Stanford hospital COVID-19 vaccine allocation algorithm triggers backlash

Occurred: December 2020

An algorithmic COVID-19 vaccine distribution system developed and run by Stanford Medicine came under fire for prioritising certain staff members.

The algorithm was designed to consider three categories: employee-based variables (such as age), job-based variables, and guidelines from the California Department of Public Health. However, it resulted in an unequal distribution of vaccines, with only seven out of over 1,300 resident physicians being prioritised for the first 5,000 doses.

Many of these residents worked on the front lines of the COVID-19 pandemic, and they were shocked and angered to see that administrators and doctors working remotely from home were included in the priority list. Only seven of Stanford’s 1,300 patient-facing medical residents made the list. This led to a protest by at least 100 residents during a planned photo op to celebrate the first vaccination.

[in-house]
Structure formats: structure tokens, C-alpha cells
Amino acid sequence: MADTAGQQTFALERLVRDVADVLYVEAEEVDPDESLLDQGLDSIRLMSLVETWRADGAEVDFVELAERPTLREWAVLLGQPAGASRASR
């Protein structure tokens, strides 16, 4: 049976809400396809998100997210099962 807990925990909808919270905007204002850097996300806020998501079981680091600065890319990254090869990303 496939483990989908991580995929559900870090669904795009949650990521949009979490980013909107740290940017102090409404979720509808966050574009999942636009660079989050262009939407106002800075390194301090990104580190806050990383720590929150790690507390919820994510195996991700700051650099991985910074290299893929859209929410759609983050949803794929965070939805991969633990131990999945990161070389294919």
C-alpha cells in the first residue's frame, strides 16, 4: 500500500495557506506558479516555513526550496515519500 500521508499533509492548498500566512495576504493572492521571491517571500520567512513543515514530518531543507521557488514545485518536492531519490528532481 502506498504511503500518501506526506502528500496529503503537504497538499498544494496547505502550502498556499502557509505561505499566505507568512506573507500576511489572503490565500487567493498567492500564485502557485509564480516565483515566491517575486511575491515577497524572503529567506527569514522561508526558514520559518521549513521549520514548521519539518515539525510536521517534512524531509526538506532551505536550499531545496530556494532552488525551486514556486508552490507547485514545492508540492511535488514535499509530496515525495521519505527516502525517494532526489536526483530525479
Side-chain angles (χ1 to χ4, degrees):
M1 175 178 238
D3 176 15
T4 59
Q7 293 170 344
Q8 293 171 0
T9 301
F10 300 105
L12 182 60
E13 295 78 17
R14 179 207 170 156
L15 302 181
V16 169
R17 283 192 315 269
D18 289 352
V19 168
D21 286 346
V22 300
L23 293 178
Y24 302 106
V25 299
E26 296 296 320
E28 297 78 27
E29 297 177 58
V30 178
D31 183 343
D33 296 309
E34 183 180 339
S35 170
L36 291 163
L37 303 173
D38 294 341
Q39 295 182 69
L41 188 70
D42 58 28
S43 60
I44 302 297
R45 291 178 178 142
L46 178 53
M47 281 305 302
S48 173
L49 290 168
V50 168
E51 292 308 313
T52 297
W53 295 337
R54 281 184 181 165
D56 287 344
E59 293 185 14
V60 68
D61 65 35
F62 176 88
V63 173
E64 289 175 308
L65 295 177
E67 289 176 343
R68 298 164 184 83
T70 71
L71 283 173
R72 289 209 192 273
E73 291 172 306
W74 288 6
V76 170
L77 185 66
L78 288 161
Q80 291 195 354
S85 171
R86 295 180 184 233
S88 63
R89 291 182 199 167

Stanford Medicine apologised and attributed the errors its 'very complex algorithm'. However, critics argued that the issue was not with the algorithm itself, but with the instructions given to it by humans. They pointed out that the algorithm was not powered by machine learning, but was rule-based, meaning that it simply acted upon a set of instructions provided by humans. 

The incident highlighted the potential pitfalls and complexities involved in using algorithms for critical decision-making processes.

System 🤖

Operator: Stanford Health Care; Stanford School of Medicine
Developer: Stanford Health Care; Stanford School of Medicine
Country: USA
Sector: Health
Purpose: Allocate vaccine beneficiaries
Technology: Rule-based algorithm
Issue: Fairness
Transparency: Governance

Research, advocacy 🧮

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